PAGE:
Paul and Linda McCartney: “Smile Away”
Normally, Friday posts are of the “Cover Friday” variety, but today is an exception: I’m taking my sons to see Paul McCartney tonight at Seattle’s Safeco Field. The seats aren’t great (the good ones were way too expensive), but no matter — it’s the experience that counts. Who knows how many more times Paul will go out on tour, after all — he sure isn’t getting any younger! — so I figured I’d better get the boys to the show while I still can. I saw him previously back in the ’90s in Foxboro, MA. I don’t necessarily have high hopes that this will be a great show, given that his voice isn’t what it used to be, but hey, we’re seeing a legend, so who cares?
Sure, I could have done today’s post as a Cover Friday post anyway, but oddly, there aren’t any particularly good McCartney solo or Wings covers that I can think of offhand — they all tend to mostly be songs recorded for the McCartney tribute albums a few years back. Very few McCartney covers sound like anything but imitations of his own performances — very little interesting is done with them. The most notable exception is probably the Faces’ excellent version of “Maybe I’m Amazed,” but even that varies little from the original. Something about McCartney’s post-Beatles work has proven to be somewhat cover-proof — I think he began to write so specifically for himself that he’s the only one who knows what to do with the songs.
Take, for example, “Smile Away,” a great yet goofy track from his second album, 1971’s Ram (the album is credited to Paul & Linda McCartney, just prior to the formation of Wings, and yes, Linda is featured more prominently than on any other McCartney album). It’s a great song, but like many of McCartney’s great ’70s songs, it’s set to some pretty silly lyrics:
I was walking down the street the other day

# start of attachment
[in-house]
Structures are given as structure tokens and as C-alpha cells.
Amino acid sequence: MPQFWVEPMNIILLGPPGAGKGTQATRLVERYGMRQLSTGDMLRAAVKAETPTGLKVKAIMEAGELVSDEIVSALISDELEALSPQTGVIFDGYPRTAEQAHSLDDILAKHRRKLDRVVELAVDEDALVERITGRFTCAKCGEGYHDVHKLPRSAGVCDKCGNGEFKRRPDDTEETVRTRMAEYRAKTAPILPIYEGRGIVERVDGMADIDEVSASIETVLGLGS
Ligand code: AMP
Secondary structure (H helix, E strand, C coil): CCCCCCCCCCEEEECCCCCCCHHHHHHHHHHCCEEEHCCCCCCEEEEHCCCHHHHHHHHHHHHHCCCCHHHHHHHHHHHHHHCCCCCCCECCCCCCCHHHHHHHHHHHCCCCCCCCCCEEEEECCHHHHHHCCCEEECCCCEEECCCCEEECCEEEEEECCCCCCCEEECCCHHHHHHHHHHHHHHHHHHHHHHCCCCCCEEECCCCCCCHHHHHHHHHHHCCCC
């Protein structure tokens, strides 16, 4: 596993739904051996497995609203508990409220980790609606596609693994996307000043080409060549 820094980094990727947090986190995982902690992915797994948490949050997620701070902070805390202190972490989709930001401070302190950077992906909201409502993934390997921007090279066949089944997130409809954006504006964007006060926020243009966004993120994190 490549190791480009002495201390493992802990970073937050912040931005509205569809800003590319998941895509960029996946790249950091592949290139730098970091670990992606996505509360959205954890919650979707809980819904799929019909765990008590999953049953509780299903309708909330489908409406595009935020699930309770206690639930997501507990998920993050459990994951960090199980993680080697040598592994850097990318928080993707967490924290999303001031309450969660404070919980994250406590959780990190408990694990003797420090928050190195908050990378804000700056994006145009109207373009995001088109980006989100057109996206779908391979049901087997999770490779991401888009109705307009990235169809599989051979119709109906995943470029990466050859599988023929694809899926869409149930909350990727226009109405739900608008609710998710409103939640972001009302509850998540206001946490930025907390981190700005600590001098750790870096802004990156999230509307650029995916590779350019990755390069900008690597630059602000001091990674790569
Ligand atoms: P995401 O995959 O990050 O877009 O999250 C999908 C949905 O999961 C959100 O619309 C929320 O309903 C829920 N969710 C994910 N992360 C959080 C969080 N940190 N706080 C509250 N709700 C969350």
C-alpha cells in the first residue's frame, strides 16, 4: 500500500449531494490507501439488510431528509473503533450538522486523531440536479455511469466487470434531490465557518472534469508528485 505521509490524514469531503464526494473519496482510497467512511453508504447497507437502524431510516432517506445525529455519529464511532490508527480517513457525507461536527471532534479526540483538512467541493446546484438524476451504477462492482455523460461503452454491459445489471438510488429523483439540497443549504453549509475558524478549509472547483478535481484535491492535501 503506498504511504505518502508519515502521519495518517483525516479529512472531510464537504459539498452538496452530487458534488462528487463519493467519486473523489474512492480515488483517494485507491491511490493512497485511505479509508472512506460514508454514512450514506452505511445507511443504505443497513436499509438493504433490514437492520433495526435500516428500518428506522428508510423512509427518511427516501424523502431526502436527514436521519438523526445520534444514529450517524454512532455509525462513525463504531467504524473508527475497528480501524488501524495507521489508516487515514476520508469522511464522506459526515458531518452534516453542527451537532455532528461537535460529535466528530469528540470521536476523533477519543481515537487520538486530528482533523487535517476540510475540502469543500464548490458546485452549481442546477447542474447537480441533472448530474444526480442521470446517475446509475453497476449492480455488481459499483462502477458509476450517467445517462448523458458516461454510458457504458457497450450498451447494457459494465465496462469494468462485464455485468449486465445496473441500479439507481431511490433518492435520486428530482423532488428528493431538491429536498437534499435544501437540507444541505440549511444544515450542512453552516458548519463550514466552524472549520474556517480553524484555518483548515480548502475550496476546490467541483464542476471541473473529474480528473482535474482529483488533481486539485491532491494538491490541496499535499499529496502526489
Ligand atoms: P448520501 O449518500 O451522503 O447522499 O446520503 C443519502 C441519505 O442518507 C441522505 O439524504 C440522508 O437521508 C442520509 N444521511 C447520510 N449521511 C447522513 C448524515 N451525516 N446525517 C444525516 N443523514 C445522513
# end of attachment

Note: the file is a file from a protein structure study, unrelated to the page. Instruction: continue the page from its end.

Who did I meet
I met a friend of mine and he did say
Man I can smell your feet a mile away
Repeat a couple of times, replacing “feet” with “breath” and “teeth,” and you’ve got the entire song. For someone who wrote some pretty great lyrics with the Beatles (although certainly not without plenty of silliness along the way — “Ob La Di, Ob La Da” and “All Together Now,” for example), McCartney rarely seemed to have interest in writing anything but lightweight lyrics throughout the ’70s. Thankfully, this is Paul McCartney we’re talking about, so while he tended toward the lightweight lyrically, he also had the ability to throw off fantastic melodies as effortlessly as most of us turn on the television. And that made all the difference. “Smile Away” rocks.
Ram is chock full of great little songs like this, with a homemade feel overall — and although I feel that it’s one of his top three solo albums, most of these songs are unfamiliar to the casual listener, save for “Uncle Albert/Admiral Halsey” and maybe “Heart of the Country.” And that says something about McCartney’s talent — that these songs can get taken for granted when they come from him. Some critics of the album have called it mostly “filler,” but this is only filler in McCartney terms. For many other songwriters, it would have made their career.